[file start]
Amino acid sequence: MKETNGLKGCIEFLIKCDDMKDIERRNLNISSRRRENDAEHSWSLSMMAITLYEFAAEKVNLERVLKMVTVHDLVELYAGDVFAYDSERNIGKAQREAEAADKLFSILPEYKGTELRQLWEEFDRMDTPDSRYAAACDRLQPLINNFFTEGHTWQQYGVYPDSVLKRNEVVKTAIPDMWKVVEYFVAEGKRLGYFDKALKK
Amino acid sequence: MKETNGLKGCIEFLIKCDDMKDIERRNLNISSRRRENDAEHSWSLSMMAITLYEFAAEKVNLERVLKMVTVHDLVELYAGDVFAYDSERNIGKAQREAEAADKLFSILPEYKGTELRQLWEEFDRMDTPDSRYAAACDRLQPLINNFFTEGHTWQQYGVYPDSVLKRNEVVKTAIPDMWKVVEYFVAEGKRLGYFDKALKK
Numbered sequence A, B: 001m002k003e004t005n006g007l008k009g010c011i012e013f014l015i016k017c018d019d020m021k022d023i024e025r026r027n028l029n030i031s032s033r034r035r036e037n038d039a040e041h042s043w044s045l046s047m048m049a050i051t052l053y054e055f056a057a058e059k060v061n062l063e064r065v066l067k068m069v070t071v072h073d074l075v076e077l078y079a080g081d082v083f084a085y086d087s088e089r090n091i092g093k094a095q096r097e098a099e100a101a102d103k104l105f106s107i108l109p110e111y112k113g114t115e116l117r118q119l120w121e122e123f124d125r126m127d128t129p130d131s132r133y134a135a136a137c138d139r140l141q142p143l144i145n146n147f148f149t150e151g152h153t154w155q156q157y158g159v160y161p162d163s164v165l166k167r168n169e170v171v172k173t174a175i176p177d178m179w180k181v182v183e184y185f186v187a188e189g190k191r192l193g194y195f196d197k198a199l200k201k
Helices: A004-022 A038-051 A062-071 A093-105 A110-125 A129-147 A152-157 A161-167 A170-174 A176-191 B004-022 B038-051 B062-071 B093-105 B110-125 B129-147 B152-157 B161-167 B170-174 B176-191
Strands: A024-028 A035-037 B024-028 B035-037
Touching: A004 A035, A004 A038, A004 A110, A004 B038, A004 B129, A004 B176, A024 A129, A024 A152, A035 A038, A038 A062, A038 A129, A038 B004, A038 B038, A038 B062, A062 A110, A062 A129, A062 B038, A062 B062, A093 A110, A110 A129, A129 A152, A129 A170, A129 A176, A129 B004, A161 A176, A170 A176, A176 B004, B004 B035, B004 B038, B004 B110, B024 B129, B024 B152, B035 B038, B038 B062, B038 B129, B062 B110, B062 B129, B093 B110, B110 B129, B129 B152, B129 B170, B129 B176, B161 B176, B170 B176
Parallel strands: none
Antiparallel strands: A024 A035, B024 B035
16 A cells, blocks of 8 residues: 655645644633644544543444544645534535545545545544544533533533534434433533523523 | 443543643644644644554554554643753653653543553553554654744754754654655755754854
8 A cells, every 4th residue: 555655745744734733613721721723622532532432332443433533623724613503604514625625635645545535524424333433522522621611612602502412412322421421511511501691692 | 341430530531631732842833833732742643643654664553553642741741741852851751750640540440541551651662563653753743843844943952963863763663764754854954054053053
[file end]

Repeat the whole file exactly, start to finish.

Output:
Amino acid sequence: MKETNGLKGCIEFLIKCDDMKDIERRNLNISSRRRENDAEHSWSLSMMAITLYEFAAEKVNLERVLKMVTVHDLVELYAGDVFAYDSERNIGKAQREAEAADKLFSILPEYKGTELRQLWEEFDRMDTPDSRYAAACDRLQPLINNFFTEGHTWQQYGVYPDSVLKRNEVVKTAIPDMWKVVEYFVAEGKRLGYFDKALKK
Amino acid sequence: MKETNGLKGCIEFLIKCDDMKDIERRNLNISSRRRENDAEHSWSLSMMAITLYEFAAEKVNLERVLKMVTVHDLVELYAGDVFAYDSERNIGKAQREAEAADKLFSILPEYKGTELRQLWEEFDRMDTPDSRYAAACDRLQPLINNFFTEGHTWQQYGVYPDSVLKRNEVVKTAIPDMWKVVEYFVAEGKRLGYFDKALKK
Numbered sequence A, B: 001m002k003e004t005n006g007l008k009g010c011i012e013f014l015i016k017c018d019d020m021k022d023i024e025r026r027n028l029n030i031s032s033r034r035r036e037n038d039a040e041h042s043w044s045l046s047m048m049a050i051t052l053y054e055f056a057a058e059k060v061n062l063e064r065v066l067k068m069v070t071v072h073d074l075v076e077l078y079a080g081d082v083f084a085y086d087s088e089r090n091i092g093k094a095q096r097e098a099e100a101a102d103k104l105f106s107i108l109p110e111y112k113g114t115e116l117r118q119l120w121e122e123f124d125r126m127d128t129p130d131s132r133y134a135a136a137c138d139r140l141q142p143l144i145n146n147f148f149t150e151g152h153t154w155q156q157y158g159v160y161p162d163s164v165l166k167r168n169e170v171v172k173t174a175i176p177d178m179w180k181v182v183e184y185f186v187a188e189g190k191r192l193g194y195f196d197k198a199l200k201k
Helices: A004-022 A038-051 A062-071 A093-105 A110-125 A129-147 A152-157 A161-167 A170-174 A176-191 B004-022 B038-051 B062-071 B093-105 B110-125 B129-147 B152-157 B161-167 B170-174 B176-191
Strands: A024-028 A035-037 B024-028 B035-037
Touching: A004 A035, A004 A038, A004 A110, A004 B038, A004 B129, A004 B176, A024 A129, A024 A152, A035 A038, A038 A062, A038 A129, A038 B004, A038 B038, A038 B062, A062 A110, A062 A129, A062 B038, A062 B062, A093 A110, A110 A129, A129 A152, A129 A170, A129 A176, A129 B004, A161 A176, A170 A176, A176 B004, B004 B035, B004 B038, B004 B110, B024 B129, B024 B152, B035 B038, B038 B062, B038 B129, B062 B110, B062 B129, B093 B110, B110 B129, B129 B152, B129 B170, B129 B176, B161 B176, B170 B176
Parallel strands: none
Antiparallel strands: A024 A035, B024 B035
16 A cells, blocks of 8 residues: 655645644633644544543444544645534535545545545544544533533533534434433533523523 | 443543643644644644554554554643753653653543553553554654744754754654655755754854
8 A cells, every 4th residue: 555655745744734733613721721723622532532432332443433533623724613503604514625625635645545535524424333433522522621611612602502412412322421421511511501691692 | 341430530531631732842833833732742643643654664553553642741741741852851751750640540440541551651662563653753743843844943952963863763663764754854954054053053